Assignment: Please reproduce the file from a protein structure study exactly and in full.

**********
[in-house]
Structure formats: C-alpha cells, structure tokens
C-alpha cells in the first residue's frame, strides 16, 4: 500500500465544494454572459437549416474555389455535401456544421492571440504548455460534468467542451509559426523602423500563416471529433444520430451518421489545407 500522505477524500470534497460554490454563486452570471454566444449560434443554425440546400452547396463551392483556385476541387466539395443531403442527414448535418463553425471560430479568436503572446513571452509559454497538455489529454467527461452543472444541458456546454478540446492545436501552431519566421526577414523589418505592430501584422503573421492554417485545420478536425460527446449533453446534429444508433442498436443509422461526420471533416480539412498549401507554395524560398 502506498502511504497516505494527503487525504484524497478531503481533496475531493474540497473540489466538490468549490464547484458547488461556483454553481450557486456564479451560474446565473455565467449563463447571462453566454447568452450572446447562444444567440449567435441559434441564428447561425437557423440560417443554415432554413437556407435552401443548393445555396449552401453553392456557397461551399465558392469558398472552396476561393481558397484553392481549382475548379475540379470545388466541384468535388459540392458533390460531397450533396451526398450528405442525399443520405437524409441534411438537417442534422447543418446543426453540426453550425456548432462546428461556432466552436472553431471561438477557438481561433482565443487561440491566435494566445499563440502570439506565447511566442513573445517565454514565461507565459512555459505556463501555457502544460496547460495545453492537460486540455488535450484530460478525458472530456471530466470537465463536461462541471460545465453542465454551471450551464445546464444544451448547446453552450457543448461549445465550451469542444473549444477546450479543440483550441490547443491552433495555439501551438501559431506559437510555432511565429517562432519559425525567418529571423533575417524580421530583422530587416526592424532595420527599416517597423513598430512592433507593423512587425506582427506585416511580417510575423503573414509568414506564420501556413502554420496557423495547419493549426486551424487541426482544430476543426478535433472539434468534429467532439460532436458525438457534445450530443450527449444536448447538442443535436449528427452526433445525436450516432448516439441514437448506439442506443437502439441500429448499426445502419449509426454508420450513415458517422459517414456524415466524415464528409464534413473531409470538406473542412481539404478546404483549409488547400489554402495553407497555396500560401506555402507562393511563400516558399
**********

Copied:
[in-house]
Structure formats: C-alpha cells, structure tokens
C-alpha cells in the first residue's frame, strides 16, 4: 500500500465544494454572459437549416474555389455535401456544421492571440504548455460534468467542451509559426523602423500563416471529433444520430451518421489545407 500522505477524500470534497460554490454563486452570471454566444449560434443554425440546400452547396463551392483556385476541387466539395443531403442527414448535418463553425471560430479568436503572446513571452509559454497538455489529454467527461452543472444541458456546454478540446492545436501552431519566421526577414523589418505592430501584422503573421492554417485545420478536425460527446449533453446534429444508433442498436443509422461526420471533416480539412498549401507554395524560398 502506498502511504497516505494527503487525504484524497478531503481533496475531493474540497473540489466538490468549490464547484458547488461556483454553481450557486456564479451560474446565473455565467449563463447571462453566454447568452450572446447562444444567440449567435441559434441564428447561425437557423440560417443554415432554413437556407435552401443548393445555396449552401453553392456557397461551399465558392469558398472552396476561393481558397484553392481549382475548379475540379470545388466541384468535388459540392458533390460531397450533396451526398450528405442525399443520405437524409441534411438537417442534422447543418446543426453540426453550425456548432462546428461556432466552436472553431471561438477557438481561433482565443487561440491566435494566445499563440502570439506565447511566442513573445517565454514565461507565459512555459505556463501555457502544460496547460495545453492537460486540455488535450484530460478525458472530456471530466470537465463536461462541471460545465453542465454551471450551464445546464444544451448547446453552450457543448461549445465550451469542444473549444477546450479543440483550441490547443491552433495555439501551438501559431506559437510555432511565429517562432519559425525567418529571423533575417524580421530583422530587416526592424532595420527599416517597423513598430512592433507593423512587425506582427506585416511580417510575423503573414509568414506564420501556413502554420496557423495547419493549426486551424487541426482544430476543426478535433472539434468534429467532439460532436458525438457534445450530443450527449444536448447538442443535436449528427452526433445525436450516432448516439441514437448506439442506443437502439441500429448499426445502419449509426454508420450513415458517422459517414456524415466524415464528409464534413473531409470538406473542412481539404478546404483549409488547400489554402495553407497555396500560401506555402507562393511563400516558399